It would probably be feeling pretty good about itself right now if it hadn’t died in the process.

The trains of Japan have a reputation not only for being incredibly punctual, but also extremely well maintained. At each terminal, cleaning crews scour every car from top to bottom, sometimes in a matter of minutes.

However, it’s foolish to think the more grimy elements of Earth would take this affront to their existence sitting down. For too long have slimy creatures been banned from trains, and one lone slug — taking matters into its own tentacles — struck back on 30 May.

▼ Despite what their name suggests, slugs are known throughout the animal kingdom for not taking crap lying down.

In Kitakyushu City on the island of Kyushu, at about 9:40 in the morning, a blackout occurred on the JR Kagoshima Line between Moji Station and Space World Station as well as the Nippo Line running between Kokura and Jono Stations. In total, 26 train routes were affected running in all directions and approximately 12,000 people were affected by delays that lasted about an hour.

Railway workers traced the source of the blackout to a piece of equipment called a disconnector switch. This is a switch that diverts the electricity from a part of a system so that repairs or maintenance can be safely done on it.

▼ The control box for a disconnect switch on the Hoover Dam, securely locked up.

Disconnector switches are only used during those times, and because their purpose is safety, they must be guarded from people and the elements. In this case, the switch was housed in a box with all its openings sealed with glue to prevent insects or small animals from wandering inside.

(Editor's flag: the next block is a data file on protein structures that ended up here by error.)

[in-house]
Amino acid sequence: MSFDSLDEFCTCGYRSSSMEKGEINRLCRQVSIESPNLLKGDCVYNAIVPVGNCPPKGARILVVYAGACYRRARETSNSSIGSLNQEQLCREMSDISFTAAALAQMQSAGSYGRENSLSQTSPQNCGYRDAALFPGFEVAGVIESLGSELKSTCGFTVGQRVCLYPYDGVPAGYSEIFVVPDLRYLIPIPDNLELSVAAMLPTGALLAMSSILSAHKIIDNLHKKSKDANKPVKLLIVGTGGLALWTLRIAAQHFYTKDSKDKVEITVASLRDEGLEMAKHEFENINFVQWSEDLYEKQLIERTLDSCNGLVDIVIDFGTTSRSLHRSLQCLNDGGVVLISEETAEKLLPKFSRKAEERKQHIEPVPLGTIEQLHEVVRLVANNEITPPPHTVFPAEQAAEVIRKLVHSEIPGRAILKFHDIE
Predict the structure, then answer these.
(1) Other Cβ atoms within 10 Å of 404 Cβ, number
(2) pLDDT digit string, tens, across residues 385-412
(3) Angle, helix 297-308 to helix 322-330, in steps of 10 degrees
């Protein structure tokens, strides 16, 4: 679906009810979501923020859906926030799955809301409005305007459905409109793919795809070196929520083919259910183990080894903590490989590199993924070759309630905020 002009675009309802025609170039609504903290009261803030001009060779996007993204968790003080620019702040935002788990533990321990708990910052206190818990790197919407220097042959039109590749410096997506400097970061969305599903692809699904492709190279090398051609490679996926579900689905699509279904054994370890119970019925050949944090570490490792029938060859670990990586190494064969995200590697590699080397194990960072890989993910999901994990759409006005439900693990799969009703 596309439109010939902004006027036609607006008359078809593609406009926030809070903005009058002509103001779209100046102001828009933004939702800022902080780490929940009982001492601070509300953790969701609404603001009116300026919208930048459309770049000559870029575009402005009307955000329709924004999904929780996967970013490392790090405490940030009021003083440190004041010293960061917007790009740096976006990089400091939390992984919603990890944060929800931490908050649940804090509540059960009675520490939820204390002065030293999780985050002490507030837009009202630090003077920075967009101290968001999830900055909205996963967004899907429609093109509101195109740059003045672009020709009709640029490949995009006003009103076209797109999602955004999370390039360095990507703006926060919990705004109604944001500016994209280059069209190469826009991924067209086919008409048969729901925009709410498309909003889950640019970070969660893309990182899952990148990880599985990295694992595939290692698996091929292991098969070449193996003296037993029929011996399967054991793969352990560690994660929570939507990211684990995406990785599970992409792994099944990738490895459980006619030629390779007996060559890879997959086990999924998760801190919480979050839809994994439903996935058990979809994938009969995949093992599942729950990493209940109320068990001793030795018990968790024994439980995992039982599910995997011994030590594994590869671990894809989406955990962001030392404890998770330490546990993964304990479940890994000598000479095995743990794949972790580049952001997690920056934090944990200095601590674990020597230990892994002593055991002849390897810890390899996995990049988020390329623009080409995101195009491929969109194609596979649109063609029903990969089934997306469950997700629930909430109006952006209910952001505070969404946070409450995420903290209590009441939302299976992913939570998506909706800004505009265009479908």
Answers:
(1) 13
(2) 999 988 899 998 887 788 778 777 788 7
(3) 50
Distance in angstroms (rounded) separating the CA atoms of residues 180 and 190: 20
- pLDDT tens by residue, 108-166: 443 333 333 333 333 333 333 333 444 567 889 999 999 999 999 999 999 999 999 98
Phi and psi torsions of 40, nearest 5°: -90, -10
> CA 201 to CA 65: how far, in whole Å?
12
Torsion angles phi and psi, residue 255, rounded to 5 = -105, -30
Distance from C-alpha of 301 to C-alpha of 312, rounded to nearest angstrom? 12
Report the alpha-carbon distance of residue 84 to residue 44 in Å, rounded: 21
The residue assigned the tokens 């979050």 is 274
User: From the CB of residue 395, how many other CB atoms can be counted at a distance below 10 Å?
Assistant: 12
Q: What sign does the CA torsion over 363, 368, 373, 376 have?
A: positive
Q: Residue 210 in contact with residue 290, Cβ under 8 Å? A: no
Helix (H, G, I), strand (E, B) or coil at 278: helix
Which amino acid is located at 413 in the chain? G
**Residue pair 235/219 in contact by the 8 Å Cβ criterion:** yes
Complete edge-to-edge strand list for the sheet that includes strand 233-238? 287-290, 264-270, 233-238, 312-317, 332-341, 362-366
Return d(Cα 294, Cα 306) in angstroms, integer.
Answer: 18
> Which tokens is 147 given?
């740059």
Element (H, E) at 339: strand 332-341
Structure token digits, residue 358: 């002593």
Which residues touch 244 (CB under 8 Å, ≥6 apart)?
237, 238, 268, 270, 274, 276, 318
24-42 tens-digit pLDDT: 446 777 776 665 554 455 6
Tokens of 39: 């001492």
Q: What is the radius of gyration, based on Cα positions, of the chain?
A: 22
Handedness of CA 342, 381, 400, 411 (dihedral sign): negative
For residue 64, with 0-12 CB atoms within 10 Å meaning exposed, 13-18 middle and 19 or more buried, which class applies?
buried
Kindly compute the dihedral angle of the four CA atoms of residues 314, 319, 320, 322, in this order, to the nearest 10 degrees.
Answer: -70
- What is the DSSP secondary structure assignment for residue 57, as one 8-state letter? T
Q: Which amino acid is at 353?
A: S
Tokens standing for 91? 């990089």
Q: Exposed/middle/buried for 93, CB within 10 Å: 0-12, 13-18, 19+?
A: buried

However, when rail crews opened a disconnector switch on the Kagoshima Line between Moji and Kokura Stations, they found the body of a slug that appeared to have been electrocuted. More impressive than the JR workers’ ability to determine the slug’s cause of death is the fact that it got in the highly-sealed container to begin with.

Readers of the news were amazed at how something so huge could be taken down by something so small.

“Don’t judge a book by its cover.”
“That’s like winning the lottery of terrible things.”
“Let us say a prayer for the slug. May it finally find peace.”
“It’s been really humid recently.”
“Slugs are a lot tougher than I thought.”
“I guess you could say there was a bug in their system!”
“I’ve been seeing a lot more slugs and snails out this year.”
“They should cover those things in salt too.”
“I’m even more terrified of slugs now.”

Prof. Ryota Matsuo of Fukuoka Women’s University confirmed to media that slugs are capable of compressing their bodies to fit into surprisingly narrow crevices. In this case it seems the slug managed to find a tiny unsealed gap in the disconnector switch casing. Once inside, it must have touched a cable and short-circuited the entire section of railway.

The lesson we can all learn from this is that slugs are formidable creatures with the potential to easily disable infrastructure. Should they someday be weaponized, it could very well change the face of warfare as we know it — or a least make for an interesting Call of Duty mission.

Source: Nishi Nippon Shimbun, My Game News Flash, Hachima Kiko
Top image: Wikipedia/Guttorm Flatabø
Insert image: Wikipedia/Deborah Dobson-Brown
● Want to hear about SoraNews24’s latest articles as soon as they’re published? Follow us on Facebook and Twitter!